This week, 88.5 knkx begins an election series called "Voices from Here," featuring conversations with five different people who live in the Puget Sound area. They'll talk about their concerns and hopes as we head toward the presidential election on Nov. 8.
Before we hear those conversations, we spent a moment with David Domke, professor of political communication at the University of Washington.
Washington state is reliably blue on the presidential election map, and it’s the huge population of left-leaning voters in the Seattle metro area who make it that way.
True, but simple. This state has 4.2 million registered voters, and the real picture of their politics – their hopes, fears, interests, dislikes, and wants – is far more complicated.
“It’s a puzzle,” said David Domke, professor of political communication at the University of Washington. “There are a lot of different pieces to it.”
Domke has spent years researching U.S. politics and the way people discuss U.S. politics. Seattle has one of the most liberal voting populations in the country. But outside Seattle, it’s a patchwork of opinions about taxes, guns, agriculture and more. And, he says, there are some common values.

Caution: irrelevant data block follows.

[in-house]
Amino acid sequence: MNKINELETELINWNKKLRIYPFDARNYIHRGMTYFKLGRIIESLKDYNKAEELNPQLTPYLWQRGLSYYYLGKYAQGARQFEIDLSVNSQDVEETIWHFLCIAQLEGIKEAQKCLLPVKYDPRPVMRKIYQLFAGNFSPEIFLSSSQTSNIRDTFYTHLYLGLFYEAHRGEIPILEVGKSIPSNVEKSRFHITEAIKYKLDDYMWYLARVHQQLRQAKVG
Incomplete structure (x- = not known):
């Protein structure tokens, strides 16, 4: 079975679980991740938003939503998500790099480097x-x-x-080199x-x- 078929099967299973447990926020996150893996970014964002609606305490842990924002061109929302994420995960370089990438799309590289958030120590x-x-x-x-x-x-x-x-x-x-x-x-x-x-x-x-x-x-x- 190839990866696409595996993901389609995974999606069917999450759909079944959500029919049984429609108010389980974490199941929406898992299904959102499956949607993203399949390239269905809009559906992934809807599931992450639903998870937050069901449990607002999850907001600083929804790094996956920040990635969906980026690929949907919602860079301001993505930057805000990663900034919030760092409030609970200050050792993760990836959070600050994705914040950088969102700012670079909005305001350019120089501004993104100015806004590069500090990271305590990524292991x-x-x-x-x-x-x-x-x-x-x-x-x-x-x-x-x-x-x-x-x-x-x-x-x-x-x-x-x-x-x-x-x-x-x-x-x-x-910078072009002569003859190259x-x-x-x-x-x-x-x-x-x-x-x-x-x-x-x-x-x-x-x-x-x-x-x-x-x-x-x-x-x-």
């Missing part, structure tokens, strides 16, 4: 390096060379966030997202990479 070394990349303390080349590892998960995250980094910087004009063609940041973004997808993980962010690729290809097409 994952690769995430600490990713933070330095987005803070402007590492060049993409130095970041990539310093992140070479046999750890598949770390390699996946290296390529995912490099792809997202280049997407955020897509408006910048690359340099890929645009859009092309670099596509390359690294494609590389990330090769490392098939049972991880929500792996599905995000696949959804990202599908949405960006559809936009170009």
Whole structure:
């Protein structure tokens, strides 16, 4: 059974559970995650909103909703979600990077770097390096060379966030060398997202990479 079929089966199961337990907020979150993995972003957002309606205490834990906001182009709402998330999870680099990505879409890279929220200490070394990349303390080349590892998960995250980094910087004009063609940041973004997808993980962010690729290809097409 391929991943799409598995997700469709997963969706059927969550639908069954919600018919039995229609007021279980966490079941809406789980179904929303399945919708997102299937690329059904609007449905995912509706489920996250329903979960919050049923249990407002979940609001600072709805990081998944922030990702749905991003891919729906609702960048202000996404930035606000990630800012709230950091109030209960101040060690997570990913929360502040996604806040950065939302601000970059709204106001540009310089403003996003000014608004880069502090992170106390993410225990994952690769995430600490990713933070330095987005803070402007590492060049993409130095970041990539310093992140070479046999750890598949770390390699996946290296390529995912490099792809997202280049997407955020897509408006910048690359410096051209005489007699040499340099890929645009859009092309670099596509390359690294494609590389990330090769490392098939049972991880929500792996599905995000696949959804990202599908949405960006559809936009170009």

“There is a truism in American politics that the deeper you go in terms of values and identity, the more common ground you have,” he said. “Everybody wants security, everybody wants for their kids a better life than they have for themselves.”
And when Domke says “security,” he means both physical security and economic security – a vision of a hopeful future.
“Anybody who’s an adult wants both of those,” he said. “How we get there, though, begins to be where we divide and disagree.”
Over the next week, knkx will talk to voters from a variety of walks of life, with differing issues and concerns ahead of the Nov. 8 presidential election. Domke spends a lot of time listening to people talk about their views, and we asked him how he approaches those conversations.
“After we talk to them a little bit, we say, ‘What is this issue really about?’” he said. “They might be talking about education … but it’s really about a better life for their kids, or their child being able to get a job. I’m always interested in those deeper questions. We’re divided at one level, but as a country there’s tremendous unity around … those ideals that call to us.”
Domke says he tries to follow the example of civil rights leader Bernard Lafayette – to listen so that he’s changed.
“I’m not just listening to you so I can figure out what I’m going to say back to you,” he said. “I’m listening so I can deeply hear your heart and your mind, and ultimately I’ll be changed when I do that, and you, knowing or believing that I’m doing that, will also be changed.”
That doesn’t mean we want these conversations to change your mind, of course. But we do hope the stories in this series help you see through the eyes of the voters around you, even – and maybe especially – if you disagree.